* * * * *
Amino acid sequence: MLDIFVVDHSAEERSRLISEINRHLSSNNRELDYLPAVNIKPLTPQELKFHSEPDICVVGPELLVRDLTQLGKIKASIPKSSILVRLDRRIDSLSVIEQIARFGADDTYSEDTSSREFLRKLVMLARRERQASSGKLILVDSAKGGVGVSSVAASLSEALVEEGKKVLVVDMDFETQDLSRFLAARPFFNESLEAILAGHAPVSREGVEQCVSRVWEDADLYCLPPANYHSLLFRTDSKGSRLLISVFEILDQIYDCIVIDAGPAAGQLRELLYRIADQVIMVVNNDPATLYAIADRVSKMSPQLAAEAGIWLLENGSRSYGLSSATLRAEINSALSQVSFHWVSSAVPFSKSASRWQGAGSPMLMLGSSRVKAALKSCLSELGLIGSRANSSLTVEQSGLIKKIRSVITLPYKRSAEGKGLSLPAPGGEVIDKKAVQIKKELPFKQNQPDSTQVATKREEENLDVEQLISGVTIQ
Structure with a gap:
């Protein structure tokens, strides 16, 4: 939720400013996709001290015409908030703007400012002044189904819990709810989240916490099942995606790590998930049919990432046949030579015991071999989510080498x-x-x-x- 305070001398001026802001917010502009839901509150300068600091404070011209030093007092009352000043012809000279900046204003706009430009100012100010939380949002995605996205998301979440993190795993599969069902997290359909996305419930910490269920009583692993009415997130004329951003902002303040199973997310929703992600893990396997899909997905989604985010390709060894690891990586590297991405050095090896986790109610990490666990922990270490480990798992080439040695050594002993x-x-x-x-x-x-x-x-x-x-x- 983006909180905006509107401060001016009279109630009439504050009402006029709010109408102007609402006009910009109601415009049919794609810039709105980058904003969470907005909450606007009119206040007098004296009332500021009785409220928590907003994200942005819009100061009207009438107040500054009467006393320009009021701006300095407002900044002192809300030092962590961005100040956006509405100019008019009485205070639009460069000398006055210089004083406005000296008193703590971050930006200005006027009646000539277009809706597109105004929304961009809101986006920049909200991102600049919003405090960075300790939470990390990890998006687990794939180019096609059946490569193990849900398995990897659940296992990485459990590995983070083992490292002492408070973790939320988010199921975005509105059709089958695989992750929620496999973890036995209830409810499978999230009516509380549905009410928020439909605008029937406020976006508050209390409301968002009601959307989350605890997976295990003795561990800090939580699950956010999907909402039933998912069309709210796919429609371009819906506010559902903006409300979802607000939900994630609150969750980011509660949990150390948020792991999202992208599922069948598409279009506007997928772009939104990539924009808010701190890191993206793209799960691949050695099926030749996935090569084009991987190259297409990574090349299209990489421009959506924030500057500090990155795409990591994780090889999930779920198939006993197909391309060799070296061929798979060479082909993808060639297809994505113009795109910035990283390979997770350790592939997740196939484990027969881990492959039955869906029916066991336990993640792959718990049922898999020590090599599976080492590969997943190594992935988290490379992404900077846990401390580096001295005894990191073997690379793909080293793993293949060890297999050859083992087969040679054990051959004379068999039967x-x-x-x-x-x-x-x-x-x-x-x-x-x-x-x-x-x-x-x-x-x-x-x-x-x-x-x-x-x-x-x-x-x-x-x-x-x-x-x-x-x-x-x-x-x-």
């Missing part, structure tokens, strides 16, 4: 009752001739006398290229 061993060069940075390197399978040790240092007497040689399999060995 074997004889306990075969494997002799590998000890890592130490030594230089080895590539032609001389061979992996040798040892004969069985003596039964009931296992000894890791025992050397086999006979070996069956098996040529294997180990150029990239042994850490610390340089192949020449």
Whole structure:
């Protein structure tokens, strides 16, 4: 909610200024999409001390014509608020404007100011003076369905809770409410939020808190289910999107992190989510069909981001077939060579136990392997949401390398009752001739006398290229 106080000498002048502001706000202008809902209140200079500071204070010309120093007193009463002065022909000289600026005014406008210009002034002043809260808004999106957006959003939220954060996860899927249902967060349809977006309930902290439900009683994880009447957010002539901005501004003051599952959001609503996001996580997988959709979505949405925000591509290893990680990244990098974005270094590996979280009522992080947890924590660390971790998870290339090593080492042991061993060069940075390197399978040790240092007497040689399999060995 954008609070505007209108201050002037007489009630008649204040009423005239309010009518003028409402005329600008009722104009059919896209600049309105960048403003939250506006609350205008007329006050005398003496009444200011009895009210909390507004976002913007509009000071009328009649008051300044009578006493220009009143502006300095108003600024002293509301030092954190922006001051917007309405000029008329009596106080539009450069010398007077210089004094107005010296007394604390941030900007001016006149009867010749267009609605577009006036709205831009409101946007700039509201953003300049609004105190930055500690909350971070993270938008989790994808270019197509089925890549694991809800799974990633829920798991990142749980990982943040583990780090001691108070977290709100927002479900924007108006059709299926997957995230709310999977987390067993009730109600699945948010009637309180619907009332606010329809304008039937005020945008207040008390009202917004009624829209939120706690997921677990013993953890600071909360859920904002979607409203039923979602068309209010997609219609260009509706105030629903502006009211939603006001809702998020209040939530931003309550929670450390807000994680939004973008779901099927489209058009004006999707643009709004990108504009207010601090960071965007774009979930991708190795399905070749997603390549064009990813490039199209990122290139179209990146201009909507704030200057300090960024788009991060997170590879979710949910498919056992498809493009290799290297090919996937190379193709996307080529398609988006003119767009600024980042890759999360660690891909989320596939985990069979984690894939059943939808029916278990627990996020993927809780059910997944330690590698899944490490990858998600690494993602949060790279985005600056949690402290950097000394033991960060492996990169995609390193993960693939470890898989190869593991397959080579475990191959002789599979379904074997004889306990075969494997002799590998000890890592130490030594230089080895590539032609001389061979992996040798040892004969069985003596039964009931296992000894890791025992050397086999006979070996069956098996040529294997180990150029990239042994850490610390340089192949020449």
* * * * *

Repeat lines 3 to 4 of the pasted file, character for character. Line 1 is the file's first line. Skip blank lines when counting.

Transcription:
């Protein structure tokens, strides 16, 4: 939720400013996709001290015409908030703007400012002044189904819990709810989240916490099942995606790590998930049919990432046949030579015991071999989510080498x-x-x-x- 305070001398001026802001917010502009839901509150300068600091404070011209030093007092009352000043012809000279900046204003706009430009100012100010939380949002995605996205998301979440993190795993599969069902997290359909996305419930910490269920009583692993009415997130004329951003902002303040199973997310929703992600893990396997899909997905989604985010390709060894690891990586590297991405050095090896986790109610990490666990922990270490480990798992080439040695050594002993x-x-x-x-x-x-x-x-x-x-x- 983006909180905006509107401060001016009279109630009439504050009402006029709010109408102007609402006009910009109601415009049919794609810039709105980058904003969470907005909450606007009119206040007098004296009332500021009785409220928590907003994200942005819009100061009207009438107040500054009467006393320009009021701006300095407002900044002192809300030092962590961005100040956006509405100019008019009485205070639009460069000398006055210089004083406005000296008193703590971050930006200005006027009646000539277009809706597109105004929304961009809101986006920049909200991102600049919003405090960075300790939470990390990890998006687990794939180019096609059946490569193990849900398995990897659940296992990485459990590995983070083992490292002492408070973790939320988010199921975005509105059709089958695989992750929620496999973890036995209830409810499978999230009516509380549905009410928020439909605008029937406020976006508050209390409301968002009601959307989350605890997976295990003795561990800090939580699950956010999907909402039933998912069309709210796919429609371009819906506010559902903006409300979802607000939900994630609150969750980011509660949990150390948020792991999202992208599922069948598409279009506007997928772009939104990539924009808010701190890191993206793209799960691949050695099926030749996935090569084009991987190259297409990574090349299209990489421009959506924030500057500090990155795409990591994780090889999930779920198939006993197909391309060799070296061929798979060479082909993808060639297809994505113009795109910035990283390979997770350790592939997740196939484990027969881990492959039955869906029916066991336990993640792959718990049922898999020590090599599976080492590969997943190594992935988290490379992404900077846990401390580096001295005894990191073997690379793909080293793993293949060890297999050859083992087969040679054990051959004379068999039967x-x-x-x-x-x-x-x-x-x-x-x-x-x-x-x-x-x-x-x-x-x-x-x-x-x-x-x-x-x-x-x-x-x-x-x-x-x-x-x-x-x-x-x-x-x-």
């Missing part, structure tokens, strides 16, 4: 009752001739006398290229 061993060069940075390197399978040790240092007497040689399999060995 074997004889306990075969494997002799590998000890890592130490030594230089080895590539032609001389061979992996040798040892004969069985003596039964009931296992000894890791025992050397086999006979070996069956098996040529294997180990150029990239042994850490610390340089192949020449």